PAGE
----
Equine herpesvirus tied to World Equestrian Center
Jake Parker Wymard clears a jump with Hat Trick in the Grand Arena as they compete in the Meter 30 class during the World Equestrian Ocala Winter Spectacular. [Bruce Ackerman/Ocala Gazette]
Editors note: This story was updated with new information.
If a human global pandemic wasn’t enough, a recent outbreak of equine herpesvirus (EHV-1) at an Ocala horse show is prompting even more biosecurity measures.
So far, two confirmed cases of EHV-1 have been reported in horses previously stabled at the World Equestrian Center (WEC). A third suspected case came back negative for the virus, according to a Tuesday night press release from WEC.
Precautions are being taken at both Horse Shows in the Sun (HITS) and the WEC to prevent the spread. The venues are in the midst of multi-week hunter/jumper shows. No cases have been tied to HITS.
The virus can cause upper respiratory infection and fever. A large percentage of horses carry the virus. During times of stress or other issues, horses can develop an active case. In some cases, neurological symptoms can appear. Those cases are potentially fatal. The virus is spread by direct horse-to-horse contact through nasal discharge or with items contaminated by the discharge, including water buckets. It does not affect humans.
At WEC, a perimeter fence was installed around the barn where the three horses that developed symptoms were stabled. A state-ordered quarantine on the barn, which held 16 horses, was lifted after the negative test. The horses that positive for EHV-1 did not show symptoms while at the WEC, the press release stated.
The facility will not allow horses that have been at other horse competitions in the past 10 days to enter the show grounds. Only horses that will stable at the facility will be allowed to enter.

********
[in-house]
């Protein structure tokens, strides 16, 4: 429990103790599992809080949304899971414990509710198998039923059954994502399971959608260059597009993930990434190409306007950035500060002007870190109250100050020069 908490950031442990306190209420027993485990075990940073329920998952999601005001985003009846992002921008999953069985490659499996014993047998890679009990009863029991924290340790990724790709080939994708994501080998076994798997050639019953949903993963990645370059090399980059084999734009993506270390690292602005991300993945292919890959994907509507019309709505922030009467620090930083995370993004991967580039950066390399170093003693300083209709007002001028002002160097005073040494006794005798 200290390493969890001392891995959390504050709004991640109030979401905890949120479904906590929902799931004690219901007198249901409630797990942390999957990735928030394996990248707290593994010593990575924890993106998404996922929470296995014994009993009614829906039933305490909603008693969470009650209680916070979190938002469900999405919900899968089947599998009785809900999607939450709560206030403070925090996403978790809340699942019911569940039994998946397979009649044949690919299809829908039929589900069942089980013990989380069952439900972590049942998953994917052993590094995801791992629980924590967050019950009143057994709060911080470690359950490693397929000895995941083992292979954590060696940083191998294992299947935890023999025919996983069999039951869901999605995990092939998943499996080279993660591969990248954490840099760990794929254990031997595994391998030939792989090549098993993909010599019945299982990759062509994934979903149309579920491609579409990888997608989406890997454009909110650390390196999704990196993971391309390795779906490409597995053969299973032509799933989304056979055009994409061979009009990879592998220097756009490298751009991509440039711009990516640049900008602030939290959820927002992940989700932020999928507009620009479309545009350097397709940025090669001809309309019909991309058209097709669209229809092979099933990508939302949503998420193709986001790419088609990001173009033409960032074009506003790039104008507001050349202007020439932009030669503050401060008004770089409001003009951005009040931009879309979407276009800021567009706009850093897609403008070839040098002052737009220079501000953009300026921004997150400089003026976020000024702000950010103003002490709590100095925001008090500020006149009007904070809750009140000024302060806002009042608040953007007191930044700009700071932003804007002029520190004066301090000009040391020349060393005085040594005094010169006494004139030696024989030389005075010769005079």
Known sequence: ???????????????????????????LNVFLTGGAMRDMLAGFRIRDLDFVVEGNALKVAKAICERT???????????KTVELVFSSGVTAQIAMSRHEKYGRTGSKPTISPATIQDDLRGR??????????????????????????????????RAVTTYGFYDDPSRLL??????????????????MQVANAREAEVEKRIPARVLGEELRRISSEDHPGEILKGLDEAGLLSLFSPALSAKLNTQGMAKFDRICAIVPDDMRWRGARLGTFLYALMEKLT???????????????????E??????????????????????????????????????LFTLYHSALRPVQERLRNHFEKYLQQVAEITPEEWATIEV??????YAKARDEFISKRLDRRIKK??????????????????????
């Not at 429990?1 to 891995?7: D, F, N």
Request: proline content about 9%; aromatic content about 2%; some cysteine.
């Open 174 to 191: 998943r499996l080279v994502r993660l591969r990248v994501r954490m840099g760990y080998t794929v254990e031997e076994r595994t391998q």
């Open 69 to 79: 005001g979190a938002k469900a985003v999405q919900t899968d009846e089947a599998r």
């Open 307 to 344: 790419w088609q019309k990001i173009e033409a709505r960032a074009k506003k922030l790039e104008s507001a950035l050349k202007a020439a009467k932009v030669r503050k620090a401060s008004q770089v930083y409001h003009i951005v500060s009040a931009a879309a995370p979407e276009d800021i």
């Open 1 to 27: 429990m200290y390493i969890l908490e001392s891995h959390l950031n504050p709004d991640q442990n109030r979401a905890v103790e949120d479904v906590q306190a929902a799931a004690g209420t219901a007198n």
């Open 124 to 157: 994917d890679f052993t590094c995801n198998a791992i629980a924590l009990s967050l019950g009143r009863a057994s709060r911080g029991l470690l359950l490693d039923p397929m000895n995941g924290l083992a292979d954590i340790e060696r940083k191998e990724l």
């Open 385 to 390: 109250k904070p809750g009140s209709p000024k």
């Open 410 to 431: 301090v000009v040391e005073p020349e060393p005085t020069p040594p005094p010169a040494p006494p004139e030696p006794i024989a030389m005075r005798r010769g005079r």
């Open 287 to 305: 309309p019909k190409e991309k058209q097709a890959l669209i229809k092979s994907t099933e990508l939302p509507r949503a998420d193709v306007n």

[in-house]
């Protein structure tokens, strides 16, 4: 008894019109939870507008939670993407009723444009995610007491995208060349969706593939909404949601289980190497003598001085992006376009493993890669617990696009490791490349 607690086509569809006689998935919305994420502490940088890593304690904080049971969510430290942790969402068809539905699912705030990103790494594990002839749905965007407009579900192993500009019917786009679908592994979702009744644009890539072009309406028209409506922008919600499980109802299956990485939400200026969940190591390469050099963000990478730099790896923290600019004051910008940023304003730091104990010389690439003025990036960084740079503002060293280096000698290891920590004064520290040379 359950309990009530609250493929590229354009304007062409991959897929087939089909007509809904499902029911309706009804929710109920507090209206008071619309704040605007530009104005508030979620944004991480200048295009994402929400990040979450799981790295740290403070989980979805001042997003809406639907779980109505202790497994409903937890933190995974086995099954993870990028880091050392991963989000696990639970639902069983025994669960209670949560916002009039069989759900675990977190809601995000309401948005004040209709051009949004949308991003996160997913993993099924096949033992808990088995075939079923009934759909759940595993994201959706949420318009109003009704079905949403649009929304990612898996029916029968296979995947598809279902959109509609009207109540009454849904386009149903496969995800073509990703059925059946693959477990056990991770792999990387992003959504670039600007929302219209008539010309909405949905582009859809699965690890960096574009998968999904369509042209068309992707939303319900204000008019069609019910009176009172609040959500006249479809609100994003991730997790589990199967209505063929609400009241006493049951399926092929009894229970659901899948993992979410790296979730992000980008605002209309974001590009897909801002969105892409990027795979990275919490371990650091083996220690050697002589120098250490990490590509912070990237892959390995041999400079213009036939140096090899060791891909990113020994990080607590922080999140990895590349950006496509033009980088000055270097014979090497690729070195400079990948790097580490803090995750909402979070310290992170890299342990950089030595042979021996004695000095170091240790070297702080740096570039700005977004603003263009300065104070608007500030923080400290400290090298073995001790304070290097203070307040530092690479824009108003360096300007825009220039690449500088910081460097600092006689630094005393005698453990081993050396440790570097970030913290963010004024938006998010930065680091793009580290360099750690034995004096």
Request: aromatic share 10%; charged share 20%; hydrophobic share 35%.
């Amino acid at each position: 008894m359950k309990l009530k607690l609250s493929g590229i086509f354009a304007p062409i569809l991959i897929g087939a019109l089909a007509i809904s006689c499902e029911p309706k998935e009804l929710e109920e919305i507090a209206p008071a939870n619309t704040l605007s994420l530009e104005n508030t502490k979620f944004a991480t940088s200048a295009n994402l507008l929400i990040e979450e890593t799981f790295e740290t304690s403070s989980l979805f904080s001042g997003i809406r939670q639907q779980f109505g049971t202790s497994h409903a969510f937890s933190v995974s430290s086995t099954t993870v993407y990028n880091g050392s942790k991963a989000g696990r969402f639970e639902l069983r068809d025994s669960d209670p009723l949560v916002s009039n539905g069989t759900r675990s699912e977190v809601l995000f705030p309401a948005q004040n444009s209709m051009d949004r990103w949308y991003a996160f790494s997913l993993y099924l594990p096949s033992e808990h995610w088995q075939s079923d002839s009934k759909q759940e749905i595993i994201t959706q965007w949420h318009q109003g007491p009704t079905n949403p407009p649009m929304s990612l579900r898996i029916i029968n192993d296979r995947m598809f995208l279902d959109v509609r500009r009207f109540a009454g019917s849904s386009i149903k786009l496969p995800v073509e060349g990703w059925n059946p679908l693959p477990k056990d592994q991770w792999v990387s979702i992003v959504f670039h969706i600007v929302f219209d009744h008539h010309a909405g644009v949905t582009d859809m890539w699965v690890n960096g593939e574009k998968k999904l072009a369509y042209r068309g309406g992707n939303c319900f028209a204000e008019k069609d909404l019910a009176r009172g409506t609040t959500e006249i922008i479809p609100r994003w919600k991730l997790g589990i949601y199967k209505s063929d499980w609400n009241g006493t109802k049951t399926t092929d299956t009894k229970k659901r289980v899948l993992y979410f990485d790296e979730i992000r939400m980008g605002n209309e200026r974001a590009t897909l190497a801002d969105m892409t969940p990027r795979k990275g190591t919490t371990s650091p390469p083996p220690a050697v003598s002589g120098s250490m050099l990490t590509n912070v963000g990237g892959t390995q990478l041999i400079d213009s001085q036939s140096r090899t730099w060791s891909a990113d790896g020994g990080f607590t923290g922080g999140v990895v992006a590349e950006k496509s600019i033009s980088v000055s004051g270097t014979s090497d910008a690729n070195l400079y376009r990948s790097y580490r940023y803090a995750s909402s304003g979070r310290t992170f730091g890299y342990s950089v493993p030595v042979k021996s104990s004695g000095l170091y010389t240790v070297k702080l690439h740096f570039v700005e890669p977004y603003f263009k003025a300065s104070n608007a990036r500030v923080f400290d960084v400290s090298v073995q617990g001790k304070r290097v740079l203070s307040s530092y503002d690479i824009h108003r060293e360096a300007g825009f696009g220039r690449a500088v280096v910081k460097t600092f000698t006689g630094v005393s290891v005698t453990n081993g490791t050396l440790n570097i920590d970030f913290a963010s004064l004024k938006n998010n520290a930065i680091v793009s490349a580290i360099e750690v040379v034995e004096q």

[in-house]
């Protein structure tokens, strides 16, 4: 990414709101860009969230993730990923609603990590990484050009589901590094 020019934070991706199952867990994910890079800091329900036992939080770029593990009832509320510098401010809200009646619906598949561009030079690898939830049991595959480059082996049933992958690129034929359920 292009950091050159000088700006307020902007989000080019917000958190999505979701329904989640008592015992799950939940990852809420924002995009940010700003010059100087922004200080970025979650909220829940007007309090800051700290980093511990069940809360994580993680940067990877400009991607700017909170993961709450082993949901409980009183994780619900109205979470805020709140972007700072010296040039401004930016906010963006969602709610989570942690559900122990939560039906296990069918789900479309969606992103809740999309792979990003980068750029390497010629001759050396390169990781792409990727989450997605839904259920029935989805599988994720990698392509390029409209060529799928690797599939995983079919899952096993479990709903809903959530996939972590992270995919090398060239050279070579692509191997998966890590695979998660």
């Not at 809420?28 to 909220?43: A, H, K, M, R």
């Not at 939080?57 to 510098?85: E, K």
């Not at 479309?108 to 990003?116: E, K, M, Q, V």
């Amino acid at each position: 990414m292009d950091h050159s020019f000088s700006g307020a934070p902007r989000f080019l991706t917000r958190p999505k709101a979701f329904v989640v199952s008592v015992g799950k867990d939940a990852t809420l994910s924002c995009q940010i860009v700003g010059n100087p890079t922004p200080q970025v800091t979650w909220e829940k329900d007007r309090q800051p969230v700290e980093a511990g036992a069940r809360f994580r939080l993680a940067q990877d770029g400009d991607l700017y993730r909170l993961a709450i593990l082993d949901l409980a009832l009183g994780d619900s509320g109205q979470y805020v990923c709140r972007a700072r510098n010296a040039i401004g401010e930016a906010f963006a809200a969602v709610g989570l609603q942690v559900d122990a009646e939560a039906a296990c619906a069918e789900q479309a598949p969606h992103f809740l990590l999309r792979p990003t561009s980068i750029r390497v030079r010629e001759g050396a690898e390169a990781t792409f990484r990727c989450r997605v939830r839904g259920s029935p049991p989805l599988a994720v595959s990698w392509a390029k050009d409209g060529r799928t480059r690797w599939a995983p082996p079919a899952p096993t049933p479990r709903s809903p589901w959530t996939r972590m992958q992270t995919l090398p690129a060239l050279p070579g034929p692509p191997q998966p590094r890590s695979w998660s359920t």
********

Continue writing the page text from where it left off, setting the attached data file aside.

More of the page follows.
Other biosecurity measures include twice-daily temperature checks of horses and hand and feet sanitizing, according to a WEC press release.
Despite the cases, the competition will continue. The WEC Winter Spectacular runs through May 2.
HITS understands the gravity of the situation, having gone through a similar experience almost a decade ago. As the only United States Equestrian Federation sanctioned hunter/jumper show in Ocala this winter, the facility had to follow that organization’s ban on spectators because of the COVID-19 pandemic, but measures are also in place to keep horses safe at Post Time Farm, said Tom Struzzieri, HITS president and CEO.
“While there have been reports of sick horses nearby in Ocala, we have been fortunate enough to have avoided this EHV calamity as of this date,” said Struzzieri in a press release. “We are actively monitoring the arrival of horses from certain properties and limiting their entering the showgrounds. We have a strong memory of 2013 when Post Time was the facility that proved to be the lightning rod from this serious virus, and we believe we learned a great deal as horsemen from that experience and hope that this prior education helps us go forward.”
The first case of the virus in Ocala was confirmed on March 1. The affected horse was in Barn D at WEC from Feb. 17-21. It tested positive for the neurotrophic strain of the EHV-1 and began showing neurological symptoms, according to a press release from the Florida Department of Agriculture and Consumer Services.
A second horse that was in the same barn on Feb. 24 and 25, tested positive for the virus on March 3. Both horses are being treated at separate isolation facilities, according to the department of agriculture.
On March 6, a third horse from the same barn developed a fever and was sent to the University of Florida for testing and observation. That horse tested negative, according to a press release issued by the WEC.
The quarantine was lifted because the last horse to test positive left the facility about two weeks ago. The incubation period for the virus is usually four to six days but can be longer.
Other EHV-1 outbreaks have affected Europe recently. The FEI canceled international events in 10 European countries until March 28 because of an aggressive strain of the neurological form of the virus. That outbreak started in Spain and has popped up in at least three other countries, according to Horse Sport magazine.
It was not known if the European strain is related to the Ocala outbreak.
Exhibitors are doing their part to make sure their barns are free of the virus, so they can enjoy the rest of the HITS winter circuit in Ocala, which concludes March 28.
“There’s lots different with the EHV… no one new in our barn, no new horses, hand washing, keeping everything separate, lots of disinfecting and temperature taking,” Sarah Barge of Stone Lane Stables said of the steps they are taking to avoid the spread.